Does anyone use, or know of, a simulator for creating sounds based on simulating the vibrations of real objects?

I saw an art display called Tipping Point that created a sound-scape based on resonances of connected vessels of water that drained into each-other. It was a fascinating and complex sound that constantly change, giving moments of stillness, some of chaos and others almost lyrical.

That lead me to think about whether algorithmic music could be extended to a direct simulation of something like this.

Are there any physical simulators that are used for this sort of thing? At its simplest you could start with a church organ and adjust its length over time linked to others.

  • There is a softsynth out there called something like Newtonator, it is based on, you guessed it - a Newtonian spring simulation. (AFAIK)
    – user43681
    Commented Jan 30, 2018 at 20:34

3 Answers 3


People have made a good start in exploring these ideas, but there's plenty still to do. Comprehensive models that attempt to really simulate the behaviour of a vibrating, three dimensional system and then sample the sound produced at an audio rate are very expensive to run - The NESS project, for example, are still talking about the future possibility of making real-time models. Of course it's perfectly possible to make music using synthesizers that render offline, but mainstream products usually aim to be playable live.

When you hear about physical modelling being done in commercial products, this is often in the form of digital waveguides - it can yield impressive results, but it doesn't really attempt to reproduce the vibrating system in detail in the way that something like a finite element model does.

Advances in GPU-like processor technology bring the idea of detailed physical models being playable in real time closer. Who knows, when all the bitcoins have been mined, maybe we'll be able to make some new music!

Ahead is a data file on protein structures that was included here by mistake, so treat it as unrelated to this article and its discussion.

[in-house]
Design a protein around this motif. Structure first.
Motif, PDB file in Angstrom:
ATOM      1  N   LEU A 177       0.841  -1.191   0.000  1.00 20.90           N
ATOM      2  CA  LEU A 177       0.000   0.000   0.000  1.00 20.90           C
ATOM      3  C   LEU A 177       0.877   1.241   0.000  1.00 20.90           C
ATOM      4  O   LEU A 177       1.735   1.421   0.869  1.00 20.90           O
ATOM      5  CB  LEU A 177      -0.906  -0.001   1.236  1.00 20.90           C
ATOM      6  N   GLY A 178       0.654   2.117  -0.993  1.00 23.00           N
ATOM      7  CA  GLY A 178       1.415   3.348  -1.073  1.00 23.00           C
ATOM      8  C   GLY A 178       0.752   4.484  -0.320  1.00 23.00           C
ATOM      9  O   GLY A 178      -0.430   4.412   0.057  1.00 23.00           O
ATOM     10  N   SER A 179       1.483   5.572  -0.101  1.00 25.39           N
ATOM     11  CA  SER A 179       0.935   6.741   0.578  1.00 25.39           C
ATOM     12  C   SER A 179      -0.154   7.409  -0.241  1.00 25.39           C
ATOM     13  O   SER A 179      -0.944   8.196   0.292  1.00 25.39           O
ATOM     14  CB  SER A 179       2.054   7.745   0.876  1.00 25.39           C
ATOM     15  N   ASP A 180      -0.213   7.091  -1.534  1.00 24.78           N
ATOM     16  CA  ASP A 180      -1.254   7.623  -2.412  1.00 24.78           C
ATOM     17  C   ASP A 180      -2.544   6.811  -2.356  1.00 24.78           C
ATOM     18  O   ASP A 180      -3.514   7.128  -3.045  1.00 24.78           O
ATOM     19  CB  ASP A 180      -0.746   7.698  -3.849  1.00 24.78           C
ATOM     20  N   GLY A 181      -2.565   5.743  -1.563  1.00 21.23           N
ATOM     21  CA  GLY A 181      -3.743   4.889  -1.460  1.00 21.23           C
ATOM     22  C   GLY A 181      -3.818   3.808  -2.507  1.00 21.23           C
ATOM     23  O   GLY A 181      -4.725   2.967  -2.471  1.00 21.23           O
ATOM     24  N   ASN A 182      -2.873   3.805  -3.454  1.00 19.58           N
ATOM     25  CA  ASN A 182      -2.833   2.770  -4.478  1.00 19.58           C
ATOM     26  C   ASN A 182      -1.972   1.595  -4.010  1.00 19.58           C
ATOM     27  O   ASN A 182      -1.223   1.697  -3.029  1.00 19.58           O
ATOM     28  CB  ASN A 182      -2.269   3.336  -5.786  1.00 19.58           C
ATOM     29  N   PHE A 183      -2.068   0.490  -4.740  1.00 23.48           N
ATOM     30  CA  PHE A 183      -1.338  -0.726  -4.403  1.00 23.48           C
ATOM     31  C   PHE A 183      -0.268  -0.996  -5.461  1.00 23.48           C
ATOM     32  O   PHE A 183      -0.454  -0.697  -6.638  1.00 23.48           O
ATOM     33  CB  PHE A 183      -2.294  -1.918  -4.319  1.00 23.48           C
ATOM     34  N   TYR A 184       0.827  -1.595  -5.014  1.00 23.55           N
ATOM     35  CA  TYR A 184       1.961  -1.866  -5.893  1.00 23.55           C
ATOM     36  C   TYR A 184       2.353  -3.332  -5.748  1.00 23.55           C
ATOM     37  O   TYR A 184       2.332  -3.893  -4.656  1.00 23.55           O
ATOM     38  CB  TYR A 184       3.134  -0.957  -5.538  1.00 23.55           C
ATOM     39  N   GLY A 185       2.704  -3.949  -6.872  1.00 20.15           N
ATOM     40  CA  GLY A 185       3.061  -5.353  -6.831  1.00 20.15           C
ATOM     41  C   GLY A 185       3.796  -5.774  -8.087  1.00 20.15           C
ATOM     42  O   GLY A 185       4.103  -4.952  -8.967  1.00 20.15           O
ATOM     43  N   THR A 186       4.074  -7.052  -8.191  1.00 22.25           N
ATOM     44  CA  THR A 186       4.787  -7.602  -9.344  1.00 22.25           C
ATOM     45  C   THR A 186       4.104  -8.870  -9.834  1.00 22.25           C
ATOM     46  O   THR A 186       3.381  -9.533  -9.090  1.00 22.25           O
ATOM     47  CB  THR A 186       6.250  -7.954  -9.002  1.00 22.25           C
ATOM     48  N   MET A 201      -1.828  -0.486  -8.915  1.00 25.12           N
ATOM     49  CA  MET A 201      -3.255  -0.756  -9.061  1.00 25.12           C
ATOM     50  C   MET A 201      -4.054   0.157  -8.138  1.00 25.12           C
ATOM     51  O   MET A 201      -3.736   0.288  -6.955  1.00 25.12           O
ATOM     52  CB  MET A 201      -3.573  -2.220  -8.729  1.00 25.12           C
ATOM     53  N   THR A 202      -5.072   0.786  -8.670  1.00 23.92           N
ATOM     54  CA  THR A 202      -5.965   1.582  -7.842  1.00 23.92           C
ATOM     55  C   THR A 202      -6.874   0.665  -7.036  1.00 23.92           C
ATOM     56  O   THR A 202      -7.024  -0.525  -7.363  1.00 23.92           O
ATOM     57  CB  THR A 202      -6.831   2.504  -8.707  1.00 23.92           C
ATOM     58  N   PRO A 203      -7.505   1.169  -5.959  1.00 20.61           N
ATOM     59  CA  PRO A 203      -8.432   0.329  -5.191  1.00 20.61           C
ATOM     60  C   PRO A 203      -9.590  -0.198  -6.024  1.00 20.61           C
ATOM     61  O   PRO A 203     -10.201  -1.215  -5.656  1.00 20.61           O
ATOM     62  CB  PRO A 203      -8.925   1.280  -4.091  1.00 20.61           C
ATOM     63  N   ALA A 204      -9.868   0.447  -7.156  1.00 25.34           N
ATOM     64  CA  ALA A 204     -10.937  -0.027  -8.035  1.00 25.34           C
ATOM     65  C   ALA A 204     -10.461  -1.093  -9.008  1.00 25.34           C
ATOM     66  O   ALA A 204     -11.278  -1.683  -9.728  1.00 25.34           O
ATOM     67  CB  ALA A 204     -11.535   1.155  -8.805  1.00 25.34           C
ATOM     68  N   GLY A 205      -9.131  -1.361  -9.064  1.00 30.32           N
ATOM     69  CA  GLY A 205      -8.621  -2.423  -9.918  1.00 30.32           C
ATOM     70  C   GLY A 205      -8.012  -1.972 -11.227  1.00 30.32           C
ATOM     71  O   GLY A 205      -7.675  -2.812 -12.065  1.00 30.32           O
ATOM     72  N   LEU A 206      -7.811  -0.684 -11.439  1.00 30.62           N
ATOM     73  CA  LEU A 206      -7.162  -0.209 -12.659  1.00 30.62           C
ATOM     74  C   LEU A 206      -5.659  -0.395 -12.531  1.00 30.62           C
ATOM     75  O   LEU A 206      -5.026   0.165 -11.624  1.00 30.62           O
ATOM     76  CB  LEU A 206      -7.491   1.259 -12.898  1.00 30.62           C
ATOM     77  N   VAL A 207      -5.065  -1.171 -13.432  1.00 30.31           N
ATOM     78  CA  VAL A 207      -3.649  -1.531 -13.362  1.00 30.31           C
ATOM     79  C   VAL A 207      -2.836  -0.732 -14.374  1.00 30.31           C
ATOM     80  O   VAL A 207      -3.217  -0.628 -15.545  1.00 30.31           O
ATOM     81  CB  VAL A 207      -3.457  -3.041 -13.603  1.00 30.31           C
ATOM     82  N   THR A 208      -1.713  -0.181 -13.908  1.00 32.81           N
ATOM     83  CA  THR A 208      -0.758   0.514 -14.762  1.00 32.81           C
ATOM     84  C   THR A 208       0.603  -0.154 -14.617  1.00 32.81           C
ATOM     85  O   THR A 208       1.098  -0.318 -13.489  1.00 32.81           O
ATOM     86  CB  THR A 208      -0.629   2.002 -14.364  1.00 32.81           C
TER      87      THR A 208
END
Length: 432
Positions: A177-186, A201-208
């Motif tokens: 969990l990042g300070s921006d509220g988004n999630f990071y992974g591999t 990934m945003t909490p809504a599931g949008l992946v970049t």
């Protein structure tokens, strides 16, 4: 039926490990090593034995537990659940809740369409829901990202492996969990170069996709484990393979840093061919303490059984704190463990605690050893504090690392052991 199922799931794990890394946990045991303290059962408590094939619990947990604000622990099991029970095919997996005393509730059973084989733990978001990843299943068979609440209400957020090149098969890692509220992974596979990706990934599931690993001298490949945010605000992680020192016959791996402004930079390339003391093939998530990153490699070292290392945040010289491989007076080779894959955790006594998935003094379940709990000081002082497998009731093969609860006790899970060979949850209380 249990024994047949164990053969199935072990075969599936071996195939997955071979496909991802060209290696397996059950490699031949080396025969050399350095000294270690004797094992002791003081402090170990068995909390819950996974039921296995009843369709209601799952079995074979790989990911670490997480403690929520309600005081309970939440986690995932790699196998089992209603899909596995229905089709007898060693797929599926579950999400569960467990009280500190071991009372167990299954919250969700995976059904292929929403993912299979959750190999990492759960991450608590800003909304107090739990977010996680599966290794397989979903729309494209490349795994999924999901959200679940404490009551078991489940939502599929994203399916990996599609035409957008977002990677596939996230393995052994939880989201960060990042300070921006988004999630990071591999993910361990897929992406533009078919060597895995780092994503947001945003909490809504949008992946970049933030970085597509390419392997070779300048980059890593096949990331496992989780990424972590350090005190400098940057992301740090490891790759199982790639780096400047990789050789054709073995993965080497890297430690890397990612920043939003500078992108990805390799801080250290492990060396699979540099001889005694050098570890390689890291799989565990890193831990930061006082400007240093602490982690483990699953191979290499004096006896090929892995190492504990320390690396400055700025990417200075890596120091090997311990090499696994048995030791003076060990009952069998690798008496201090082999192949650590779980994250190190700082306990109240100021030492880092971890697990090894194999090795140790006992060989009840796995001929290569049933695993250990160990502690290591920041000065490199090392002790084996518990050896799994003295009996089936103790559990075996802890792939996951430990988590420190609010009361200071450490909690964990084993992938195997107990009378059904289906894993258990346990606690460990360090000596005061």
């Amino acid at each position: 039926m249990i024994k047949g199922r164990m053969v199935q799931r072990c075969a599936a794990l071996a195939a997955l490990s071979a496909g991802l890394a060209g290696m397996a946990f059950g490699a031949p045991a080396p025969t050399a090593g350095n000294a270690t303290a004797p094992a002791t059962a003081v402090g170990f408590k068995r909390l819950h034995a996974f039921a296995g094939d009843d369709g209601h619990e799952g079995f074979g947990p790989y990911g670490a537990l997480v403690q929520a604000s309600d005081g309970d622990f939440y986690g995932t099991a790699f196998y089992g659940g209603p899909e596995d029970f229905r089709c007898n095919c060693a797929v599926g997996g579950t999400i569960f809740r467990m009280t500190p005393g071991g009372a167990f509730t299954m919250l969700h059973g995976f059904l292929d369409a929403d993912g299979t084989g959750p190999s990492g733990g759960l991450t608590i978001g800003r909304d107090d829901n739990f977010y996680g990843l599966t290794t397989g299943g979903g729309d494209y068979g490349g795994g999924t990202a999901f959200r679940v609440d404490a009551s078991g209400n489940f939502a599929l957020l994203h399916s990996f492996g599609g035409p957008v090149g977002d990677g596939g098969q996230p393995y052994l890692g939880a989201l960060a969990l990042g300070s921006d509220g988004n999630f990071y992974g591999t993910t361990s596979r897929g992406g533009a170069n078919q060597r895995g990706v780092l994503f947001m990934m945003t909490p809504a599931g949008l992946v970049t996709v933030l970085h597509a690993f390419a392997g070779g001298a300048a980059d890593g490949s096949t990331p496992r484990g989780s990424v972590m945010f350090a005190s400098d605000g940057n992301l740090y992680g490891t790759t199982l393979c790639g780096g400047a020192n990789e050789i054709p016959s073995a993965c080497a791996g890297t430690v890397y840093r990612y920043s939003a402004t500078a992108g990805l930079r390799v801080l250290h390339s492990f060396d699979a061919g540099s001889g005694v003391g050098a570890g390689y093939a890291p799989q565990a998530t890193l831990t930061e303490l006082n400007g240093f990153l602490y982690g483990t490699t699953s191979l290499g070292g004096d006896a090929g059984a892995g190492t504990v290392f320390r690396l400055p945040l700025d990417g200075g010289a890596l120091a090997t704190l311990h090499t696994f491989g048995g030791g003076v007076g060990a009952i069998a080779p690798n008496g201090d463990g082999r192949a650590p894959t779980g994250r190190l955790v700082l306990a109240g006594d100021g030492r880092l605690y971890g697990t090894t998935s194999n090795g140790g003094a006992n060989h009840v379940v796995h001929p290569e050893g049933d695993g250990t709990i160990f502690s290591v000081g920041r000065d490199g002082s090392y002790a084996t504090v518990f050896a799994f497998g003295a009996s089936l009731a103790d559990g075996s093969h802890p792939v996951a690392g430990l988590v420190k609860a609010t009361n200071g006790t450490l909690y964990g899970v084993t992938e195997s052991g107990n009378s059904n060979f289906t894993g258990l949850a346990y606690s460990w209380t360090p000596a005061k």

This has been done for many years, probably more than 20. It's called physical modeling. Ableton Live Suite comes with at least two synth instruments based on physical modeling. Many digital pianos and other keyboard instruments meant to re-create real instruments, such as the Nord Electro line, use physical modeling along with sample banks. In the late 90s, a company called Line 6 developed circuit modeling based on the same concepts, and now circuit modeling is ubiquitous.

Right now, physical modeling and circuit modeling are probably two of the most widely used synthesis techniques across a range of musical products. Other popular methods are wavetable/sample based synthesis and analog subtractive synthesis.

  • I was aware of some of the general approach. But what can I use to create my own physical simulations that I design myself? Commented Jan 31, 2018 at 13:23
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    @RobertEgginton The physical modeling software synths made by Ableton allow you to craft sounds by specifying the physical properties of various kinds of objects and then specifying how those objects are activated into vibration, so anything like that would work. I"m sure there are other products. If you you question is actually about what tools or products will help you do that, then it's actually off-topic, since it would be an "equipment search" or "buying recommendation" question. Commented Jan 31, 2018 at 14:11
  • Thanks for the helpful clarification, @todd-wilcox. I try not to post off-topic, but I suppose it was a join question of what is possible as well as what tools could be used. The latter is certainly looking for a recommendation. Commented Feb 8, 2018 at 13:47

Several; the book "Designing Sound"

Designing Sound teaches students and professional sound designers to understand and create sound effects starting from nothing. Its thesis is that any sound can be generated from first principles, guided by analysis and synthesis. The text takes a practitioner’s perspective, exploring the basic principles of making ordinary, everyday sounds using an easily accessed free software. Readers use the Pure Data (Pd) language to construct sound objects

uses Pure Data (Pd) and there is also Supercollider and probably other softwares in this department.

  • 1
    Though Designing Sound is a (the?) useful reference, this answer is deficient in that it does not refer to the term "physical modeling" and its meaning.
    – Dave
    Commented Jan 30, 2018 at 16:59
  • While not answering the physical modelling part of the question, the links to Pd and Supercollider are really interesting, so thank-you! Commented Jan 31, 2018 at 13:28

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